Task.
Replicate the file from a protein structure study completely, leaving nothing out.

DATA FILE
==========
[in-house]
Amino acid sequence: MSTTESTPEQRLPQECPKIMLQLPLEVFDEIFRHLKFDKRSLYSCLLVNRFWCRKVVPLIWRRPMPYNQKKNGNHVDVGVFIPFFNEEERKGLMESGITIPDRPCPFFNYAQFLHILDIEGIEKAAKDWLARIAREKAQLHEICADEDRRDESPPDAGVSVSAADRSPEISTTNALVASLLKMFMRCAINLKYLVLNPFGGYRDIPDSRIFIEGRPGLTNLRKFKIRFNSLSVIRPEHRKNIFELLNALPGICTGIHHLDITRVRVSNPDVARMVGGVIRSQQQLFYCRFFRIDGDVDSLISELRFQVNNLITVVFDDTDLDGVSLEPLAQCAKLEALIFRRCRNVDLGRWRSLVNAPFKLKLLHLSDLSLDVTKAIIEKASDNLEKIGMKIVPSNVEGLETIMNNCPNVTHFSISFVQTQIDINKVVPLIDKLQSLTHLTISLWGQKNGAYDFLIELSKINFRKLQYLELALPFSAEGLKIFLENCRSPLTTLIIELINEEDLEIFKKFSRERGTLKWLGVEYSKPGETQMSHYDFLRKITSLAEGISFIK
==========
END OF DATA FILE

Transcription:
[in-house]
Amino acid sequence: MSTTESTPEQRLPQECPKIMLQLPLEVFDEIFRHLKFDKRSLYSCLLVNRFWCRKVVPLIWRRPMPYNQKKNGNHVDVGVFIPFFNEEERKGLMESGITIPDRPCPFFNYAQFLHILDIEGIEKAAKDWLARIAREKAQLHEICADEDRRDESPPDAGVSVSAADRSPEISTTNALVASLLKMFMRCAINLKYLVLNPFGGYRDIPDSRIFIEGRPGLTNLRKFKIRFNSLSVIRPEHRKNIFELLNALPGICTGIHHLDITRVRVSNPDVARMVGGVIRSQQQLFYCRFFRIDGDVDSLISELRFQVNNLITVVFDDTDLDGVSLEPLAQCAKLEALIFRRCRNVDLGRWRSLVNAPFKLKLLHLSDLSLDVTKAIIEKASDNLEKIGMKIVPSNVEGLETIMNNCPNVTHFSISFVQTQIDINKVVPLIDKLQSLTHLTISLWGQKNGAYDFLIELSKINFRKLQYLELALPFSAEGLKIFLENCRSPLTTLIIELINEEDLEIFKKFSRERGTLKWLGVEYSKPGETQMSHYDFLRKITSLAEGISFIK